User Review( votes)
Big Data COVID 19- Between the 1918 flu pandemic and the 2020 COVID-19 crisis, our ability to understand the effects of infectious diseases has increased exponentially. Networked personal devices and automated sensors are now ubiquitous, not to mention communications technologies like the internet that allow us to share information almost instantaneously. These devices provide us with copious “big data” on people’s movement, the environment, economic trends and more.
These new data – collected from an estimated 9.8 billion mobile phones, 2,200 satellites and more than 25 billion other digital sensors – are documenting the radical shifts in social and economic activities happening in response to the coronavirus pandemic. People are significantly changing their behavior, and the impacts are not affecting everyone equally.
Big data can help us not only understand the crisis and get back to normal, but create a new, better normal. Here are some early trends emerging that can inform long-term policy responses:
Parks Take on New Importance
Anonymized data from mobile phones, smart devices and applications show how mobility patterns changed in response to COVID-19 lockdowns. Travel plummeted, including in private vehicles, public transit and other transport modes. In many cities, the data show that travel over that past few months has been 60-90% below normal for this time of year. Lockdowns are also affecting where people spend their time. Because of drastic declines in visits to other destinations, parks are now the most durably popular non-residential destinations, though use varies considerably by country and city.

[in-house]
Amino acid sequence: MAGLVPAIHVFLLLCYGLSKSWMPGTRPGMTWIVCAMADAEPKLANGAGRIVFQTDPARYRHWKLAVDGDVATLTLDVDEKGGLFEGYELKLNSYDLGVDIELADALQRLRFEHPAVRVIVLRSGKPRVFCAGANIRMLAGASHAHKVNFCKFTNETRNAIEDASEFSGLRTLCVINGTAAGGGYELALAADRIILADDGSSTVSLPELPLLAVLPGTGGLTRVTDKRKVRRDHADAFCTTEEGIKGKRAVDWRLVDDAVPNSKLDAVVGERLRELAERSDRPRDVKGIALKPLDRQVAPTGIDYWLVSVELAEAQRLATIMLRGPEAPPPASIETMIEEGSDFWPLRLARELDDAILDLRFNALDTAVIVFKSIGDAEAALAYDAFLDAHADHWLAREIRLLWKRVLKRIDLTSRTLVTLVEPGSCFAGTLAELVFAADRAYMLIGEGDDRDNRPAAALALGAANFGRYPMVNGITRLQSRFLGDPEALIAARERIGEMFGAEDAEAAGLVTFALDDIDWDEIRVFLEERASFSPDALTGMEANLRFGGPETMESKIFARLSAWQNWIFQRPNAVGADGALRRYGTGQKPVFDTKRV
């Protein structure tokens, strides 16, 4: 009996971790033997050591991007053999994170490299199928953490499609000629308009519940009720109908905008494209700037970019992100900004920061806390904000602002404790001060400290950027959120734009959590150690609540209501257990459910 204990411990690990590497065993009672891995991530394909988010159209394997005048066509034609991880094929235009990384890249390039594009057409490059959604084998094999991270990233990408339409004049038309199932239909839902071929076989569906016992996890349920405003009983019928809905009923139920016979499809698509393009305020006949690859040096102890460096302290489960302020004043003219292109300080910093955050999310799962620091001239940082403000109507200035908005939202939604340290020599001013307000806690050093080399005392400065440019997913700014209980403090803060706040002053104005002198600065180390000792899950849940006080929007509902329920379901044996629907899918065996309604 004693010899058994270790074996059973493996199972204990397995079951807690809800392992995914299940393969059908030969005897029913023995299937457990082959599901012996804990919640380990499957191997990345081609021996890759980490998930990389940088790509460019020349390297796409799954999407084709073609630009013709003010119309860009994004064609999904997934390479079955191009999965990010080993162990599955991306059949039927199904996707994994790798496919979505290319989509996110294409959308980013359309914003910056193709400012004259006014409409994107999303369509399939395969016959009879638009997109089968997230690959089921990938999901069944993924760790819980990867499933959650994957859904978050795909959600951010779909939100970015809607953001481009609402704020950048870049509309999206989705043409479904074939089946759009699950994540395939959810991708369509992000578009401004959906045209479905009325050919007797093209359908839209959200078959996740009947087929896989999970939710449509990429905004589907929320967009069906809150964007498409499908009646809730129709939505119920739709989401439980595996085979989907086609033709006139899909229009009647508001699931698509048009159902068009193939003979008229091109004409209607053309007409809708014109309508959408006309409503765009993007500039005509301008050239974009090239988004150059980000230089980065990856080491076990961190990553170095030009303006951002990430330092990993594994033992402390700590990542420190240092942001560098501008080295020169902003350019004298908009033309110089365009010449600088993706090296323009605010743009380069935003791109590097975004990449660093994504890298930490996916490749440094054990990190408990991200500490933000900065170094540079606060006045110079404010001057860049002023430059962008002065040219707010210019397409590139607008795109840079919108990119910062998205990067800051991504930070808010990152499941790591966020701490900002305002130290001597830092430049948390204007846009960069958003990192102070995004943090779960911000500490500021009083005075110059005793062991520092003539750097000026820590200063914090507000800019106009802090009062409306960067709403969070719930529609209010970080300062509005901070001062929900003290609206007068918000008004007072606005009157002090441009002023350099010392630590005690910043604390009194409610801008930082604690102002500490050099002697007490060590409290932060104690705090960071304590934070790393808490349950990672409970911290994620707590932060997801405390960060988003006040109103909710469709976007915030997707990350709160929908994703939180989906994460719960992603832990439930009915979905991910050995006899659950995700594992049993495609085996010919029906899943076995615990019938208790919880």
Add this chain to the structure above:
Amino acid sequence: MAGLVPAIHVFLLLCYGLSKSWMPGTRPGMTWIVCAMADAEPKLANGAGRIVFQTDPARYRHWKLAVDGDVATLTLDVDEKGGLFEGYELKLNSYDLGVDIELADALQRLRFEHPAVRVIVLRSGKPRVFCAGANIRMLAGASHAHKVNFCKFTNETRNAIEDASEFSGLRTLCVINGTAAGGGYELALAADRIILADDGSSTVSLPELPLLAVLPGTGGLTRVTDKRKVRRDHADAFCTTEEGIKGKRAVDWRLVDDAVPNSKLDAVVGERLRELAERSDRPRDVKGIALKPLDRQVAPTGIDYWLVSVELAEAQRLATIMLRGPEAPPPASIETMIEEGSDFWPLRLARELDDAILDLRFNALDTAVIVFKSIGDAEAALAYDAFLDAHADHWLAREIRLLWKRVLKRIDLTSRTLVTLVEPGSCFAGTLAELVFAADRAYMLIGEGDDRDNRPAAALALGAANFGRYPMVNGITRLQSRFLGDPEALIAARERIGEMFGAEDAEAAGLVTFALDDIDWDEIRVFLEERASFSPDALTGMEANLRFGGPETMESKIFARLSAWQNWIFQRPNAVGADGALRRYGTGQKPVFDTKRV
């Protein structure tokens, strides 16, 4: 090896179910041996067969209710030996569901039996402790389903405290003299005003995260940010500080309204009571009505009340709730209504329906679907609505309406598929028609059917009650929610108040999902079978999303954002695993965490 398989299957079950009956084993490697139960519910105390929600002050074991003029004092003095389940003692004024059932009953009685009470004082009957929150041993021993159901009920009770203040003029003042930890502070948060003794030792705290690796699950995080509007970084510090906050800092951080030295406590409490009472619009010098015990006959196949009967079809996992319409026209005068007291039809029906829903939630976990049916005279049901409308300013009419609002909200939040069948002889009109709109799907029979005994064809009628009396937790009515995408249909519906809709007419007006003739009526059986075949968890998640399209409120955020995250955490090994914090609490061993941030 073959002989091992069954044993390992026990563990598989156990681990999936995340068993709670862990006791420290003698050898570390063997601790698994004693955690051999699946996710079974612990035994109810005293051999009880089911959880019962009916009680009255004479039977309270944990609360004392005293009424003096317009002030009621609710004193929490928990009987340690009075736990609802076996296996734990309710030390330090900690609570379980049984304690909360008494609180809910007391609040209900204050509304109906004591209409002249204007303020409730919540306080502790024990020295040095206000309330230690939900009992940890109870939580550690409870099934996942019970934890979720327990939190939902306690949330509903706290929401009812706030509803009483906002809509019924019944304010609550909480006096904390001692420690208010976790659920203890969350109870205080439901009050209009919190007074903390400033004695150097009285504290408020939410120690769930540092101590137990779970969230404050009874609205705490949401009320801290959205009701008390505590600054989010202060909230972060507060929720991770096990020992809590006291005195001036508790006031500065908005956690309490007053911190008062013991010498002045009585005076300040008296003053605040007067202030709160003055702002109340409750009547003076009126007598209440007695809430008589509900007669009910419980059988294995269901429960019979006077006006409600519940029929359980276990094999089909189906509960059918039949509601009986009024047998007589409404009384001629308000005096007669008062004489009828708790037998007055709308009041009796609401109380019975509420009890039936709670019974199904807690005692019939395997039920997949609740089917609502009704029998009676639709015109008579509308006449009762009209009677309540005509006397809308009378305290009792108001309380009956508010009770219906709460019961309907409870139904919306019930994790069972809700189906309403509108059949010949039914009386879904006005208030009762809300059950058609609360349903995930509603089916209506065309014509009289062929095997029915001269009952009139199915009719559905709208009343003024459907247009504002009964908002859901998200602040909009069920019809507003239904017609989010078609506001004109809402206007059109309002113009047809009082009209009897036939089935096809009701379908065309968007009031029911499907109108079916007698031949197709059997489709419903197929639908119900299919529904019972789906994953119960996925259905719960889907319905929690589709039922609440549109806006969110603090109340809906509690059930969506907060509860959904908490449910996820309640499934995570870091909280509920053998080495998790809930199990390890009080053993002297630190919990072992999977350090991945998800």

Activity in parks remains near or just below normal for this time of year in places like Hong Kong, Japan and the United States, where safe outdoor recreation is largely encouraged and mobility restrictions are less severe than in other nations. In South Korea, activity in parks is well above average.
In other places, national and local governments have closed parks to prevent contagion. In Brazil, Italy and India, activity in parks has been actively discouraged and declined much more.
The data illustrate just how valuable green space is to many residents at this time of crisis, especially those in urban areas. And it reinforces the need for and health benefits of sufficient, accessible public parks and forested areas. For example, research found that urban trees in the United States could yield $25 million in savings just in air pollution-related health care costs and lost work days. The benefits of and need for ample green spaces should be factored into post-COVID urban planning.